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About jrdunn

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  • Location
    Cashion, OK, USA
  • Interests
    Leatherwork, welding, anything mechanical, livestock

LW Info

  • Leatherwork Specialty
    Dabbling. Is that a word?
  • Interested in learning about
    Sewing and machine repair
  • How did you find leatherworker.net?
    Searches about sewing machines

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  1. I had mine shipped to the local feedstore (good people). The shipper didn't have to deal with county roads and I didn't have to take off work. It worked out great! Of course I made him a "thank you" gift. JM2C
  2. I feel your pain. I'm always working, trying to get my number of bottles of dye to a managable level. I have several that are very close to one another.
  3. You might try Fiebing's deglazer to remove the Resolene. I'm pretty sure you'll have to come up with something that will remove it before dye will penetrate. I hesitate to mention it but . . . Have you considered antiquing it? I hate the stuff but it's an option. Almost anything will stain your thread too. JM2C
  4. Congrats on the new sewing machine. We'll want to see pictures of your projects.
  5. Welcome to Leatherworker.net and Oklahoma from a fellow Okie! Jim
  6. I made one with a 5-6 oz. oil tan for the outside and a 6-7 oz. veg tan in the bottom. It is different but worked out very well. I used the pin shackles on the corners of that one instead of sewing or chicago screws. I have to admit that I saw the idea about the pin shackles from someone on here. I never considered getting a pattern. I just make them square and whatever size I want. JM2C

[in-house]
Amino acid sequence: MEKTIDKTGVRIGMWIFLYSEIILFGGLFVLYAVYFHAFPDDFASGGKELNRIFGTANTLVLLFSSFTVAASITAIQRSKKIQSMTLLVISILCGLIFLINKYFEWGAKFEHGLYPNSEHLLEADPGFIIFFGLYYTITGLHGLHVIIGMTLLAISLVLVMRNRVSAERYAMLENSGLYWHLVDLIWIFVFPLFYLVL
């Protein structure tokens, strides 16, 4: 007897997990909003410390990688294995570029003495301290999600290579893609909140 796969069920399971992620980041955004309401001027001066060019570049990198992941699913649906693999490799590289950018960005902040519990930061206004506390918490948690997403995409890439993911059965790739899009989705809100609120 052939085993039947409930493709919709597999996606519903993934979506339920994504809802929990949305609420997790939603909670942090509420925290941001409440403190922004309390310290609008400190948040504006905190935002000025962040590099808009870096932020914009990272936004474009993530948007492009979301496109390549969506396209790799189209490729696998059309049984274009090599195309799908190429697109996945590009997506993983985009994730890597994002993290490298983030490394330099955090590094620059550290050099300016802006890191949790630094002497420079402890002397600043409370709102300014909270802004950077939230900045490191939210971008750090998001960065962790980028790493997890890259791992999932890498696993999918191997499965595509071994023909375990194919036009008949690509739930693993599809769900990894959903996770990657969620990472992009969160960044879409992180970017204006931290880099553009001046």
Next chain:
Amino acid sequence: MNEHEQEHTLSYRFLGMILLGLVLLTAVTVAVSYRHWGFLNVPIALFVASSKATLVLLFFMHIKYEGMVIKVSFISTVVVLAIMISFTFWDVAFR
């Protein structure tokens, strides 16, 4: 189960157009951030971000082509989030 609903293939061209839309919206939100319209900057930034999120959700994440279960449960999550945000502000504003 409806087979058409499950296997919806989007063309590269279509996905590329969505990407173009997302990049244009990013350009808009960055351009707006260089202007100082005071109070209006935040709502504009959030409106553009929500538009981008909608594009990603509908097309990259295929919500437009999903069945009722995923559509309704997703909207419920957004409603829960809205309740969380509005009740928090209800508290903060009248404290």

7. This has been my experience with them recently as well.
  8. @Garyak, I'm interested. Any tips on what to get (or don't bother with) regarding the Brother? Jim
  9. Would you mind if we see what you came up with?
  10. If you are going to cut fringe from the legs like the ones in the photo, you need to allow extra for that. Some add a strip of precut fringe, some do both to have thicker and possibly two-toned fringe. JM2C
  11. @Hairic I finally went back and looked at your link. The chaps there are only $70. If I donated my time and used bargain leather, I might get them made for that amount. If those are the ones he wants, I think he should order them. I'm not trying to be negative. I have made myself, family and friends stuff that cost me more than you could buy it for. I at least tell myself that it is better quality and it usually is. Those are "patchwork" chaps. Zoom in on the picture. You'll see that each leg is made up of several panels of leather so the manufacturer can use all the hide. Making one pair at a time, that would make it more time consuming for me and lower the quality. You might have him look at these: https://www.foxcreekleather.com/1-6mm-1-8mm-motorcycle-chaps/ A little more realistic price and hopefully closer something you might make. Where you can shine is the custom fitting. Measure around the thigh at the crotch, around the knee(bent at 90 degrees), make sure the calf is large enough to go over pants and boots. I usually add about an inch to each of those measurements for my pattern. Another problem with off the shelf is that the inseam usually lands about halfway between the crotch and knee. You need to determine where they will wear them. On westerns, the chap belt usually sits just below the jeans belt. I've seen guys wearing M/C chaps from practically their armpits to almost their crotch! When they decide where they will wear them, measure inseam and outseam. I apologize for the rant/book! JM2C
  12. In my opinion the Rex 26-188 is an underrated workhorse. I repaired one for a friend. No frills but sews good. I had heard horror stories of walking foot machines roughing up the leather but after setting foot pressure, no problem. JM2C
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